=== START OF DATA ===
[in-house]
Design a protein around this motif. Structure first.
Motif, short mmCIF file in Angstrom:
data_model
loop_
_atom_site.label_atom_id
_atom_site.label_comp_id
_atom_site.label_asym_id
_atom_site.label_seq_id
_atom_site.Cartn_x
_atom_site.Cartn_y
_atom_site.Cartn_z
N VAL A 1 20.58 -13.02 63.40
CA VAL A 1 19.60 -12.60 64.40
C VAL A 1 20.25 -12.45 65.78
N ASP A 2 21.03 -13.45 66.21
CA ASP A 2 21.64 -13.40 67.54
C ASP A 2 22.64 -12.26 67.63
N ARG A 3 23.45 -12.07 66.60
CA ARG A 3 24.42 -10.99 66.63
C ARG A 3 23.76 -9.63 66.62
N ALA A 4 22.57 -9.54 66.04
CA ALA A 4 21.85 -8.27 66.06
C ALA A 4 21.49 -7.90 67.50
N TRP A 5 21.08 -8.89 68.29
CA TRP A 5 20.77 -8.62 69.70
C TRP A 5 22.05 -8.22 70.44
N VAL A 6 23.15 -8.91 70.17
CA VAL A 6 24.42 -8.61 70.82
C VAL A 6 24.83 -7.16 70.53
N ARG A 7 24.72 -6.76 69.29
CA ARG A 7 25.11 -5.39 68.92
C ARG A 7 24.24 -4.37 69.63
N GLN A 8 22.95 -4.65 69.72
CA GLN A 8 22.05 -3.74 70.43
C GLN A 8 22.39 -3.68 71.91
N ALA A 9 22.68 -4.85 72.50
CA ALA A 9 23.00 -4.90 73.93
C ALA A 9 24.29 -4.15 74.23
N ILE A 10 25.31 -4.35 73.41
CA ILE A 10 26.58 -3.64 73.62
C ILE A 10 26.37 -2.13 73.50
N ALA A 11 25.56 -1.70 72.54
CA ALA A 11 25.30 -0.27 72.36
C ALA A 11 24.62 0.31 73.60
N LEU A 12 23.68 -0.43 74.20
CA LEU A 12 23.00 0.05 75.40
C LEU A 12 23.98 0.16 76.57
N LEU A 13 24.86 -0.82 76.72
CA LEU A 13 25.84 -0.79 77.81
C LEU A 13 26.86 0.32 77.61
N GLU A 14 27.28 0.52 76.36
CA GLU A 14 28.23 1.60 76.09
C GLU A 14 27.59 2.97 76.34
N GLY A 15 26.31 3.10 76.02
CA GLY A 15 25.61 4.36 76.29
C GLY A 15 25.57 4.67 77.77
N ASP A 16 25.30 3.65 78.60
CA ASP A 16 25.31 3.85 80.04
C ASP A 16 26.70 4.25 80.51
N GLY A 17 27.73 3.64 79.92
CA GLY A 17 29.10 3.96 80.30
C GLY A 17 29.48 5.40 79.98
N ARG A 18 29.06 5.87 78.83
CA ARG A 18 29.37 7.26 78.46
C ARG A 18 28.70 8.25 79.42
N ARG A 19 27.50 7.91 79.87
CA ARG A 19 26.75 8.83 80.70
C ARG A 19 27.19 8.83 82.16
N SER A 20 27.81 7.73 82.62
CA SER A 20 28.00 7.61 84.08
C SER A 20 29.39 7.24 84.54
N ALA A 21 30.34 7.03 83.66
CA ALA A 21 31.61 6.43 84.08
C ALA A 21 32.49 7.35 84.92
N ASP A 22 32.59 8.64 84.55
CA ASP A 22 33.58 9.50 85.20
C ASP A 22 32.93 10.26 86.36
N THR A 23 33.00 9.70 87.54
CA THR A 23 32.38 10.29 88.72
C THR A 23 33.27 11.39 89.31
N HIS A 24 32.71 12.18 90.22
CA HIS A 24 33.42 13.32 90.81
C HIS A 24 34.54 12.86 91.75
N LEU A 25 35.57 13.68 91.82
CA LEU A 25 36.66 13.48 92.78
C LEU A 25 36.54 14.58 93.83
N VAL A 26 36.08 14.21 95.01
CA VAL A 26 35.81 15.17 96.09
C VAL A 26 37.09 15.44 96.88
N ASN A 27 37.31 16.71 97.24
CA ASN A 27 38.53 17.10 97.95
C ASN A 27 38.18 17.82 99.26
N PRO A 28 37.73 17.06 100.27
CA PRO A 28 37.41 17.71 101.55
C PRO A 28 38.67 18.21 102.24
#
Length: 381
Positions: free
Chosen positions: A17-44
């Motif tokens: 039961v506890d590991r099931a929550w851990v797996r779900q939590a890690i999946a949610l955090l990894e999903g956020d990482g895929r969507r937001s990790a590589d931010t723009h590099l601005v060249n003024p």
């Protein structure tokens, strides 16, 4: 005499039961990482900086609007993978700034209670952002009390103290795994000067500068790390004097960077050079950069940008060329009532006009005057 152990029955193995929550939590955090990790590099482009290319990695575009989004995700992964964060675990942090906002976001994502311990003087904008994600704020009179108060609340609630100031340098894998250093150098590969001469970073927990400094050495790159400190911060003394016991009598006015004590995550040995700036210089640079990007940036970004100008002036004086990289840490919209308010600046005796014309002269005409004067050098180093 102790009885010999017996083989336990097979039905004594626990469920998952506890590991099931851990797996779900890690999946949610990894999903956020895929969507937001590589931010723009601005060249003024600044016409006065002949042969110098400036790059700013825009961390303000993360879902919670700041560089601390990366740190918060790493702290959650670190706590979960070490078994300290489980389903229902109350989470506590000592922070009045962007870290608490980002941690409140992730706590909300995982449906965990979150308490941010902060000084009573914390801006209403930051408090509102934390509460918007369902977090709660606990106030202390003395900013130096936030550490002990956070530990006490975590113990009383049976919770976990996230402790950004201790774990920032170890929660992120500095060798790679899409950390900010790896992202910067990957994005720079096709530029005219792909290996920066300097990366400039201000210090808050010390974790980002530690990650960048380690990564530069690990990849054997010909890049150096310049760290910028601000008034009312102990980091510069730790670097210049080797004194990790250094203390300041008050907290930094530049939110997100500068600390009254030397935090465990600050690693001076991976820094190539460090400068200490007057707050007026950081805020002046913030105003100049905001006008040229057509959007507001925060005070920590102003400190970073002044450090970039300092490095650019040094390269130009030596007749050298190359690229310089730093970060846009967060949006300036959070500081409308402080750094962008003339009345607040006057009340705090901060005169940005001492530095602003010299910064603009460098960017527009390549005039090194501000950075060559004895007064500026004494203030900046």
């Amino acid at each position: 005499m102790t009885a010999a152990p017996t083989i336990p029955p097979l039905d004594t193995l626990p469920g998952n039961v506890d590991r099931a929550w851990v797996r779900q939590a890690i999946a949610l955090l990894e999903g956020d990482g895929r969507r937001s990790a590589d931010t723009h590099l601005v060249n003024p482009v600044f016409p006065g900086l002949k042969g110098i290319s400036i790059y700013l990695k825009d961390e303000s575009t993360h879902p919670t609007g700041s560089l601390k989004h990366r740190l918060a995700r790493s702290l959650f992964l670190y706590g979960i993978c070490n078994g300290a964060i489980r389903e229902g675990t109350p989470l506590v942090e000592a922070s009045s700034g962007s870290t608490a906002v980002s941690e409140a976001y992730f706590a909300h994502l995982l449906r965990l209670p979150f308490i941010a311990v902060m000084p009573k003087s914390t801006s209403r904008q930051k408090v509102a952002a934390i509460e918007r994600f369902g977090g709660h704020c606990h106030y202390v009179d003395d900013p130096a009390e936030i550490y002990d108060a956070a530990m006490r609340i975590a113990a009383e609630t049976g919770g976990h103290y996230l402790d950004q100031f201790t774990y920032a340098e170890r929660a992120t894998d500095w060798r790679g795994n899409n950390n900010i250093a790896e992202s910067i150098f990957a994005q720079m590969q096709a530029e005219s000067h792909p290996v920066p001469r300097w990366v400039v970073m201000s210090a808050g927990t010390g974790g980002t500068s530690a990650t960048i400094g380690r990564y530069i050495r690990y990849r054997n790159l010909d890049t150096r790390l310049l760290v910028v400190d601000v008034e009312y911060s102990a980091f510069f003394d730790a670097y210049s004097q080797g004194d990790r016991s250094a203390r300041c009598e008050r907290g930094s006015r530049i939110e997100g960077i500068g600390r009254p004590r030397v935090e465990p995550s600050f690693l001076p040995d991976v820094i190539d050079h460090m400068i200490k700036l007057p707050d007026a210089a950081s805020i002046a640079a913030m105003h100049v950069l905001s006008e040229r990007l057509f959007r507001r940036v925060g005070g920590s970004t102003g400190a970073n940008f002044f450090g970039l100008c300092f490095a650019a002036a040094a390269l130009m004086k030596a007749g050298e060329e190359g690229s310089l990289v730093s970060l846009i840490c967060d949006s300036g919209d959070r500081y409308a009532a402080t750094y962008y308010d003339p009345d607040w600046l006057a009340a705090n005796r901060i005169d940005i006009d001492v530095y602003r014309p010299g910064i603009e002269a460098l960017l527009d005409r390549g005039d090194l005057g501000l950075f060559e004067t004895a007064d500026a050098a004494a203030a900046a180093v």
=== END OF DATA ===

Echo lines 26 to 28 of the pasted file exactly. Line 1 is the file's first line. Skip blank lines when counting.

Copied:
CA TRP A 5 20.77 -8.62 69.70
C TRP A 5 22.05 -8.22 70.44
N VAL A 6 23.15 -8.91 70.17